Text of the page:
The Telegraph
Since 1st March, 1999
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Advani flower of accord for Atal

Deputy PM speaks in Prime Minister’s voice

New Delhi, Nov. 18: Attempting to scotch speculation about a rift between Atal Bihari Vajpayee and himself, deputy Prime Minister L.K. Advani said: “The Prime Minister and I are treading the same path regardless of what you say.”

Advani, also the home minister, was replying to a Lok Sabha discussion on an adjournment motion moved by the Opposition on the communal situation in Gujarat. He took the opportunity to “clear his name” and counter the not-so-veiled suggestions levelled by Congress chief whip Priya Ranjan Das Munshi about differences between him and the Prime Minister.

Aap ne bahut chaturayee ke saath kaha ki Vajpayee yeh kahte hain aur Advani yeh kahte hain. Lekin hum dono ek saath chal rahe hain, (Though you have very cunningly tried to suggest that Vajpayee says one thing and Advani another, the two of us are walking the same path),” Advani said.

“We have walked together for long and will continue to do so,” he added in an echo of the statement Vajpayee had made at a rally in Delhi recently as Advani had looked on. Today, Vajpayee was in the listener’s chair.

Das Munshi had suggested that while the Prime Minister had spoken out by supporting the Election Commission decision to ban the VHP’s yatra, his deputy was silent because he was not able to reconcile his official duties with his political and ideological convictions.

“If the Prime Minister could intervene in the controversy, don’t you think you as deputy Prime Minister should have broken your silence'” he asked.

The adjournment motion, defeated by a voice vote, came at the end of a day-long debate. For Advani, who insisted that there was no “need for a discussion” on Gujarat at this juncture, it, however, presented an opportunity to address some of the speculation that was gaining ground within and outside his party.

His “clarification” was an apparent response to reports that he was “unhappy” with Vajpayee’s statement backing the commission’s order. Sources close to Advani had questioned the logic of making such a statement.

“This is making a mountain out of a molehill. There were apprehensions earlier that the Jagannath yatra (in Ahmedabad) and Narendra Modi’s Rath yatra would unleash communal trouble. But nothing happened. Why did the EC then stop the VHP yatra on the basis of a mere presumption'” they asked.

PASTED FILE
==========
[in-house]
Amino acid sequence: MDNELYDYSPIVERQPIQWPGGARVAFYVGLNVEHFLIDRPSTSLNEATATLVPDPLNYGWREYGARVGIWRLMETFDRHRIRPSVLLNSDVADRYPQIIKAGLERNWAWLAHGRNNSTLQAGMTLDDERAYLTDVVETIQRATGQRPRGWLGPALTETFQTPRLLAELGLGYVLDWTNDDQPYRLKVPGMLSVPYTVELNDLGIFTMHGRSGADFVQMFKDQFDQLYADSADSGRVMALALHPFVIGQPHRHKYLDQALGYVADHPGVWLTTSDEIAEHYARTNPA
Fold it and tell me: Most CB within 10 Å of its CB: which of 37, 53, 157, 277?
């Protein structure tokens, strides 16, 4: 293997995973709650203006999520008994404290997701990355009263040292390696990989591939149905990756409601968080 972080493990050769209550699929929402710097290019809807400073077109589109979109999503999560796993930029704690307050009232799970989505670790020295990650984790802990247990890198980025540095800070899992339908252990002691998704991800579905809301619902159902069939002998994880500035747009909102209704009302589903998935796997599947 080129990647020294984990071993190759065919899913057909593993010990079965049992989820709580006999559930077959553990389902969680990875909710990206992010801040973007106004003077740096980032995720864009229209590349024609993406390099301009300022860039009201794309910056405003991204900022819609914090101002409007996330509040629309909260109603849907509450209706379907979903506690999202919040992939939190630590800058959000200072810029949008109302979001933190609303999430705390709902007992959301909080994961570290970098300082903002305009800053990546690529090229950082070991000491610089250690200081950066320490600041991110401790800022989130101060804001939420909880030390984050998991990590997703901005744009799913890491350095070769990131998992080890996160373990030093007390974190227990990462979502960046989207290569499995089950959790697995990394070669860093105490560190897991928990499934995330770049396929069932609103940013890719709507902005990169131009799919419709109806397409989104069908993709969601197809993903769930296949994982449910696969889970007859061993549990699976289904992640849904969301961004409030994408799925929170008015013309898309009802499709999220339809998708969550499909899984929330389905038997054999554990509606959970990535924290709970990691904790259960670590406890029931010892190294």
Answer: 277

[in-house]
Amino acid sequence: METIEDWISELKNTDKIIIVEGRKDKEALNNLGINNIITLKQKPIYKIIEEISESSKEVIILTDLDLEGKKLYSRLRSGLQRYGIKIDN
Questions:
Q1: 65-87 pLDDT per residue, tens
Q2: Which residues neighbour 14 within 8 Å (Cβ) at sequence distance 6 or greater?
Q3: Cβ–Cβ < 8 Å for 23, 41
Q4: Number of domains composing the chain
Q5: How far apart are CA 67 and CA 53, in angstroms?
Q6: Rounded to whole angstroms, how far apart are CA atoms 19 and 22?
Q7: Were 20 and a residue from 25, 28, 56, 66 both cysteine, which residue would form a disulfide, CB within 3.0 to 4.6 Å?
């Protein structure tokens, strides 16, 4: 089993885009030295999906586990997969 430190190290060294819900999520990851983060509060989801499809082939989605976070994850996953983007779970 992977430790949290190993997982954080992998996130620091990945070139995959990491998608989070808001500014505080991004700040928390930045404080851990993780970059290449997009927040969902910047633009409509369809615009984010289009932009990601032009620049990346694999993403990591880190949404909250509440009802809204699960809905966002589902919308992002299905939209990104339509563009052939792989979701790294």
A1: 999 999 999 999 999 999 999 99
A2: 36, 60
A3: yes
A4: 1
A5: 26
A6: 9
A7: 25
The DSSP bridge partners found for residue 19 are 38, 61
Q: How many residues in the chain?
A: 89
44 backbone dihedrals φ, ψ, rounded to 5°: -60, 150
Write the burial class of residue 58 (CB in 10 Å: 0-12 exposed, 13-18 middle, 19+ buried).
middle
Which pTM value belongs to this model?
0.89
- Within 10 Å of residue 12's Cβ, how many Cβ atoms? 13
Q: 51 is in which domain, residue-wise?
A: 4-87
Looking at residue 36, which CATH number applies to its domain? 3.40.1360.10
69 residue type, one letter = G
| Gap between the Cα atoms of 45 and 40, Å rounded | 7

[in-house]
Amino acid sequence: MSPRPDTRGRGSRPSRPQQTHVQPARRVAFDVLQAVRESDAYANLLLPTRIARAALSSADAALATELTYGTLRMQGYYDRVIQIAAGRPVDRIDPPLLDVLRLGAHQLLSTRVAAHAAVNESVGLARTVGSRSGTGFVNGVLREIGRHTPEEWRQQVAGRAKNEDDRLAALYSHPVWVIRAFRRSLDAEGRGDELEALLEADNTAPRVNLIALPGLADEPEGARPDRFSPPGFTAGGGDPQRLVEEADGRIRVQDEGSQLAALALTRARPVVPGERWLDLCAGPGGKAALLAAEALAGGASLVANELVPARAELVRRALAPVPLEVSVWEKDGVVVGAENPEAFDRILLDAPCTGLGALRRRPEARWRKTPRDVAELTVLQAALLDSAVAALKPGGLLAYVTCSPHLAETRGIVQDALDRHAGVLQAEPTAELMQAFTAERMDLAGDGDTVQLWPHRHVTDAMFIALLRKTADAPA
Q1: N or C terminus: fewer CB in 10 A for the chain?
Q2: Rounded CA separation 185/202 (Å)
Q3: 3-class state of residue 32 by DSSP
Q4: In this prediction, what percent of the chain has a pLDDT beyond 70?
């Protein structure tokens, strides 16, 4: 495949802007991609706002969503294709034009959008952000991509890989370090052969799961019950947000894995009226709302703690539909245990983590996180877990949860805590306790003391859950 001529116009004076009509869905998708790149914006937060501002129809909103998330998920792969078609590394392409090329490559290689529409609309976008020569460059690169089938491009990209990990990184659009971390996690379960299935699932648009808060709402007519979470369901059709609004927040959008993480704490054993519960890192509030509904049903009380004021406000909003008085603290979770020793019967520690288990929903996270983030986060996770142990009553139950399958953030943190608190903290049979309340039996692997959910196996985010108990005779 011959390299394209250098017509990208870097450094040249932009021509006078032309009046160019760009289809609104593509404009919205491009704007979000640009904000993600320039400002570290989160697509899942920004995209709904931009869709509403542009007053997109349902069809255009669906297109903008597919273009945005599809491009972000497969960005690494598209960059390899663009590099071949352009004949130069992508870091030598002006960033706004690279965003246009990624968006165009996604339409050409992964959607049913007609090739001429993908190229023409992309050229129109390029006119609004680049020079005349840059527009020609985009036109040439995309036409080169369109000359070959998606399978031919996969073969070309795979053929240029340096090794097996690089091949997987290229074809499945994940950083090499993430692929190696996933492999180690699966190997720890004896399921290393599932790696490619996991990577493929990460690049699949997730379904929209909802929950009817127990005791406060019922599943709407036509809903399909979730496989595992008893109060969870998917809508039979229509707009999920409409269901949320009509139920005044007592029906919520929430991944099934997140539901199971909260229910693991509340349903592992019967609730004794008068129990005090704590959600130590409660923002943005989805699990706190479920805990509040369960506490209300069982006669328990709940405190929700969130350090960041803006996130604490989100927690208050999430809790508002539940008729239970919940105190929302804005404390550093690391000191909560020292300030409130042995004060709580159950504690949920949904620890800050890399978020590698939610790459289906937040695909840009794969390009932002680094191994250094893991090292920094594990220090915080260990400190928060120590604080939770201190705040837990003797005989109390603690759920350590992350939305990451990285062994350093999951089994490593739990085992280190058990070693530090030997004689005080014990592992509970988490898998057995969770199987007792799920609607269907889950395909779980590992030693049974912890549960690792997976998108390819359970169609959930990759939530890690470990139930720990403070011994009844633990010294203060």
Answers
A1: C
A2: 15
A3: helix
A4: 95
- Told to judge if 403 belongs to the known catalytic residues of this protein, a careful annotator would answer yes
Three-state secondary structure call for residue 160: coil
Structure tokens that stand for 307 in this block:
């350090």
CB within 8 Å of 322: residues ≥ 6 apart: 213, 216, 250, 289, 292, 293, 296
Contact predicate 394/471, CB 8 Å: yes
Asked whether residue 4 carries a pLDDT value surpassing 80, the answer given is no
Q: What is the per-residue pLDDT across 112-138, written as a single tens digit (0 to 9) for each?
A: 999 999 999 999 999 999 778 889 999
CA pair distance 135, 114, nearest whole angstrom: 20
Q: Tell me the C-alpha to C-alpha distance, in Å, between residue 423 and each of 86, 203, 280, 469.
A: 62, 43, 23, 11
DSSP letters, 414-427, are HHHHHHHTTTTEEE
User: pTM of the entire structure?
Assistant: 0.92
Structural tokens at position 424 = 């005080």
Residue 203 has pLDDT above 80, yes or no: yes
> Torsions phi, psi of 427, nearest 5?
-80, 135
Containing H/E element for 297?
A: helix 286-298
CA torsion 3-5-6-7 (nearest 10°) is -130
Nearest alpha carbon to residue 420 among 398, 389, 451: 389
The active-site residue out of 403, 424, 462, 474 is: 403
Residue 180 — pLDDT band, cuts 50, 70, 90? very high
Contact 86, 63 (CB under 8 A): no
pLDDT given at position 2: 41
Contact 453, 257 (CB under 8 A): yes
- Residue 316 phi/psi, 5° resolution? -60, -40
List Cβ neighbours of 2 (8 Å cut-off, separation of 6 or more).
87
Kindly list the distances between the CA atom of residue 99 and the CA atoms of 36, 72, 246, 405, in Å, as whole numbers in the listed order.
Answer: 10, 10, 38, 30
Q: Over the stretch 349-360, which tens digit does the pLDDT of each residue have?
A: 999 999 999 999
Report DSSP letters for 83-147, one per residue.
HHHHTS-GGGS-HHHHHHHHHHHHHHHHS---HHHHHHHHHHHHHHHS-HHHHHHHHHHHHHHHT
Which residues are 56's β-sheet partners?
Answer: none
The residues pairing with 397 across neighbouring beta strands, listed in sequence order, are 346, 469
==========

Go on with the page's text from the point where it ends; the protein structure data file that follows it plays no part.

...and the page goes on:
BJP president M. Venkaiah Naidu’s description of the ban as “inappropriate” and spokesman Arun Jaitley’s label of “unprecedented” were believed to have reflected the Advani line as both are known loyalists.

If there were differences, Advani set out to bury that notion with the thumping endorsement that what Vajpayee had said was “absolutely correct”. “The electoral issue in Gujarat should not be Godhra and what happened later but good governance,” he said in an iteration of the Prime Minister’s statement.

Speaking in one voice, Gujarat chief minister Narendra Modi himself affirmed that Godhra would not be an issue. “BJP will seek votes on its performance. Godhra will not be an issue but if it is raised by the Opposition, we will give them an apt answer,” he said in Delhi today.

Advani patted Modi on the back, saying: “Before coming here I was reading an interview given by Narendra Modi in which he has focused on the various issues of good governance reflecting his vision of the state.”

“BJP and other related organisations should see that the elections are free and fair and that good governance and safety of minorities are key poll issues,” he said.

Recalling that India chose to remain secular at the time of Independence when Pakistan became an Islamic state, Advani said those Muslims who remained in India are “sons of Mother India”.

India “can never be declared a Hindu state”, he added.


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